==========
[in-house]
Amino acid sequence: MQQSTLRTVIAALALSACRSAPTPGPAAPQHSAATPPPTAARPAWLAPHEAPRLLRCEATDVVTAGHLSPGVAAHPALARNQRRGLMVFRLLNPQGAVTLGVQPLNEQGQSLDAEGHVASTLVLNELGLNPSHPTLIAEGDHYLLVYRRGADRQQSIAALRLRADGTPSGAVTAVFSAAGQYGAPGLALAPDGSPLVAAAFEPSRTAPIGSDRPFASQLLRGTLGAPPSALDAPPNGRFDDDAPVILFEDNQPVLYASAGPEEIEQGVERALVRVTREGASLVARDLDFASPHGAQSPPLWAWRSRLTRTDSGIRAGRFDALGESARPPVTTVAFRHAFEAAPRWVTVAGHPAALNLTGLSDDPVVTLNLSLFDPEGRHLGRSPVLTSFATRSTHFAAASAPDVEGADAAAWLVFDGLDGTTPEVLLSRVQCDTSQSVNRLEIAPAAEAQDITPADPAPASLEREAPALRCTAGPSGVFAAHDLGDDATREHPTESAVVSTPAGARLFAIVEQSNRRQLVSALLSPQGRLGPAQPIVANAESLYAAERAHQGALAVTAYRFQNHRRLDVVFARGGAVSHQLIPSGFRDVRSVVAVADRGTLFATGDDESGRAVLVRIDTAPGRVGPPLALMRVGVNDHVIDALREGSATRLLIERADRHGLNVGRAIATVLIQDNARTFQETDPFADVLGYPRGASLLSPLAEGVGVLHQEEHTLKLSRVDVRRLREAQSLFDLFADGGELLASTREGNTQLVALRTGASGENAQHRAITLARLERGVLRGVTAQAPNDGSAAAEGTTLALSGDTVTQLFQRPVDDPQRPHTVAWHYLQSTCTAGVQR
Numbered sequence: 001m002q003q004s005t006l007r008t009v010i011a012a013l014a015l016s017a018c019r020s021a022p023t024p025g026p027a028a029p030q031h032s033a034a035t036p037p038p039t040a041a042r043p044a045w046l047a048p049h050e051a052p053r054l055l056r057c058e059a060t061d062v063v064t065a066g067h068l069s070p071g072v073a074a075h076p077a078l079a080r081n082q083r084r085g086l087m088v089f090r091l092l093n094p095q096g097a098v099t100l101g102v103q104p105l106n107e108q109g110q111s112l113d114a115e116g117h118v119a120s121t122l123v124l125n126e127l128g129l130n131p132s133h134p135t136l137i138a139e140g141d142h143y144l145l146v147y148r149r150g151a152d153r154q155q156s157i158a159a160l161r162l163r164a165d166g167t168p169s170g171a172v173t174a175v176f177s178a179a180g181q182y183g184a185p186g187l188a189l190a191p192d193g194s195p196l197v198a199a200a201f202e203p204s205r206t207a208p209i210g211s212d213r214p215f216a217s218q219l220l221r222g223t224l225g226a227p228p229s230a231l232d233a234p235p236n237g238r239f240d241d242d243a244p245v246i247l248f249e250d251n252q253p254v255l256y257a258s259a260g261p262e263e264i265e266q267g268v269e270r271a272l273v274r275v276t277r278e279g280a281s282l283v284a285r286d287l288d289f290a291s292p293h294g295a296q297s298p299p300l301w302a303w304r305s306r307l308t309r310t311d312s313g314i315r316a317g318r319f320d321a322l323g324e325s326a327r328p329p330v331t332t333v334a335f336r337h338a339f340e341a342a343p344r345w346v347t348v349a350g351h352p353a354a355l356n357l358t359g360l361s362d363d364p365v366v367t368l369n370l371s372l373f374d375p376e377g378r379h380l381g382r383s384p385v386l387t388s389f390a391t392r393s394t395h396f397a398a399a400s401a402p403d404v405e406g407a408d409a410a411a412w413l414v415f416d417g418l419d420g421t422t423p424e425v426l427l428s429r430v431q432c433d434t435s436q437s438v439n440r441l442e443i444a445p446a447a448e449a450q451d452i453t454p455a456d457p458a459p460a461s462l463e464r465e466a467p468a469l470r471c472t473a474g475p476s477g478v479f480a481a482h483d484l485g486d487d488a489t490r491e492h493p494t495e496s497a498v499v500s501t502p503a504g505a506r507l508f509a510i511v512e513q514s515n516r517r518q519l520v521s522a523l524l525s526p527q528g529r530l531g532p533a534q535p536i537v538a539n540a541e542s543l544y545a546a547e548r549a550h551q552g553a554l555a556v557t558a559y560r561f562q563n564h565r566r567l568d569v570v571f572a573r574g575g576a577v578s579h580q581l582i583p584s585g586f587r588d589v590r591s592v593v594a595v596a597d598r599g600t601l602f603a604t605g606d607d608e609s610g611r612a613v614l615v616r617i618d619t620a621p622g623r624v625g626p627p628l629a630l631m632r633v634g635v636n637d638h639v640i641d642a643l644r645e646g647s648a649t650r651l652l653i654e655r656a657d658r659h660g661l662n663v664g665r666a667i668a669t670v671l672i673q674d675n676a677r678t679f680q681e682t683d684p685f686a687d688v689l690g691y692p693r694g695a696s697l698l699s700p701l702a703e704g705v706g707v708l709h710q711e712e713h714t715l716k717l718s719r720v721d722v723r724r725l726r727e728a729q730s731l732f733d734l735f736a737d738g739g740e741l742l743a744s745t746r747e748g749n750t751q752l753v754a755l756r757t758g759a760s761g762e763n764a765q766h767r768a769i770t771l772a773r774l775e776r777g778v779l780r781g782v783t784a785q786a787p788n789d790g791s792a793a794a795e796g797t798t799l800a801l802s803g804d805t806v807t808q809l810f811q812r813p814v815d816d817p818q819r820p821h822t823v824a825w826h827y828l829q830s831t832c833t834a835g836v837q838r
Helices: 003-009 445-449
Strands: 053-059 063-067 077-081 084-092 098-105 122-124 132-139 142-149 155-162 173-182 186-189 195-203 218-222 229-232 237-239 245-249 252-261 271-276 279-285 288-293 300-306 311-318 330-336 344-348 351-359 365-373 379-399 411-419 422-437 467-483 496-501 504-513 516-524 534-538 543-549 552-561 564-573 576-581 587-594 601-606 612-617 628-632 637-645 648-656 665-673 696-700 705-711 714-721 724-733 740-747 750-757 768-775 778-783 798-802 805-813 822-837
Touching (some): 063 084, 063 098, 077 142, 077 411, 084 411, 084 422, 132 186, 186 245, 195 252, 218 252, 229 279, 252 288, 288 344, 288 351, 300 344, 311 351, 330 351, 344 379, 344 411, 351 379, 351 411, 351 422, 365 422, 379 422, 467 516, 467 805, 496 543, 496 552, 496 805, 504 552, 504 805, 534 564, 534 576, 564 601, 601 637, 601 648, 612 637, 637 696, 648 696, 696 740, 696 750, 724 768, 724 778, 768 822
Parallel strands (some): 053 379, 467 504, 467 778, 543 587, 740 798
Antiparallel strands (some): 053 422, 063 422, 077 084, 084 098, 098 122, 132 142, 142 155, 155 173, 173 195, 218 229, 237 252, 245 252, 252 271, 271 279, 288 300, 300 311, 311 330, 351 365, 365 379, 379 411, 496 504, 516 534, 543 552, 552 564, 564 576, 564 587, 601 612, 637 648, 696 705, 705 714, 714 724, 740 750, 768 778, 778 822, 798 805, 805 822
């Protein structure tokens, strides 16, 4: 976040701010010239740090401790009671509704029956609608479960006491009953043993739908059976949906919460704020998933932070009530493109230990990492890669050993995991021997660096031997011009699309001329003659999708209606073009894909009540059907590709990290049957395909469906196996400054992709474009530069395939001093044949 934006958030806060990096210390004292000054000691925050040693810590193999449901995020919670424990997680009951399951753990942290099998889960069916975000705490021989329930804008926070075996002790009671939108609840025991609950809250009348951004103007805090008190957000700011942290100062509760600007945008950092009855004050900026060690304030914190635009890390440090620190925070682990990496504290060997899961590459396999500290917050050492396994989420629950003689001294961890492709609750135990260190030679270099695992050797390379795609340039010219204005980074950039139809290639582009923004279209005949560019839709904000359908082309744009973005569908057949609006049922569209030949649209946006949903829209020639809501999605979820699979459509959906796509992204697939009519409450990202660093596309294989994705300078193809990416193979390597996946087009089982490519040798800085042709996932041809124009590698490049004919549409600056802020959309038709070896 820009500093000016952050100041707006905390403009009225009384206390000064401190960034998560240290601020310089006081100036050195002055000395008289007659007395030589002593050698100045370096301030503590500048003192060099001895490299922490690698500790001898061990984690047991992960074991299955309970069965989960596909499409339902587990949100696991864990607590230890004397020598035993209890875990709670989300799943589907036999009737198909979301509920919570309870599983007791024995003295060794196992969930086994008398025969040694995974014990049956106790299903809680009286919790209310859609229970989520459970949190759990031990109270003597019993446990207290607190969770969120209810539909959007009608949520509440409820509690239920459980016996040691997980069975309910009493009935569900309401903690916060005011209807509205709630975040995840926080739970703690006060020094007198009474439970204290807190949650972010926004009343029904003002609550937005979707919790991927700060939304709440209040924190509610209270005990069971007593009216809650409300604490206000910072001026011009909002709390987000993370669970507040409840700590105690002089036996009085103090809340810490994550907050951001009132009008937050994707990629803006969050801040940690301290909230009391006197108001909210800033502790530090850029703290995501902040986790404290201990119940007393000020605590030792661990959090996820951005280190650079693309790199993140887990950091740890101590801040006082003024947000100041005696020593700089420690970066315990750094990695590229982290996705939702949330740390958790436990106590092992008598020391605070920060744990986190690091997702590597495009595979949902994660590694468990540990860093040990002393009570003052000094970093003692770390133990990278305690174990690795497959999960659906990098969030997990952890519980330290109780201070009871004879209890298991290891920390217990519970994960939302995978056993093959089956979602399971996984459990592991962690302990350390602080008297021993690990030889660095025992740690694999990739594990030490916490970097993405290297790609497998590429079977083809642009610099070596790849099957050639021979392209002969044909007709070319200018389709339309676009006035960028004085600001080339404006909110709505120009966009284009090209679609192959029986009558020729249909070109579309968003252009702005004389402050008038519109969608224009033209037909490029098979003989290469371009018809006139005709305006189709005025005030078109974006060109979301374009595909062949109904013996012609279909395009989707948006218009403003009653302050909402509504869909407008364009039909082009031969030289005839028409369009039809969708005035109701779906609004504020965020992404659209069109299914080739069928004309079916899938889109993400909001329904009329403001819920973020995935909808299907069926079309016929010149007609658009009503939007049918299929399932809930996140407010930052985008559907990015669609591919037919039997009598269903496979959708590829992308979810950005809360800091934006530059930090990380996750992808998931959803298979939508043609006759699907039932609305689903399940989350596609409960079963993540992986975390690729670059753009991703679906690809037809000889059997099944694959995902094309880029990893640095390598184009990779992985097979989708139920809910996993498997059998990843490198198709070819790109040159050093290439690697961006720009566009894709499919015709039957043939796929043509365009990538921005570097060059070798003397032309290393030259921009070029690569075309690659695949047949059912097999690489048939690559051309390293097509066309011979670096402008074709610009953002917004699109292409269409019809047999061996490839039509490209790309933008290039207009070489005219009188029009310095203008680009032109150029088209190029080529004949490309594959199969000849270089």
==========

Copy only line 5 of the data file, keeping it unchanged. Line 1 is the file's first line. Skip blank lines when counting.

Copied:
Strands: 053-059 063-067 077-081 084-092 098-105 122-124 132-139 142-149 155-162 173-182 186-189 195-203 218-222 229-232 237-239 245-249 252-261 271-276 279-285 288-293 300-306 311-318 330-336 344-348 351-359 365-373 379-399 411-419 422-437 467-483 496-501 504-513 516-524 534-538 543-549 552-561 564-573 576-581 587-594 601-606 612-617 628-632 637-645 648-656 665-673 696-700 705-711 714-721 724-733 740-747 750-757 768-775 778-783 798-802 805-813 822-837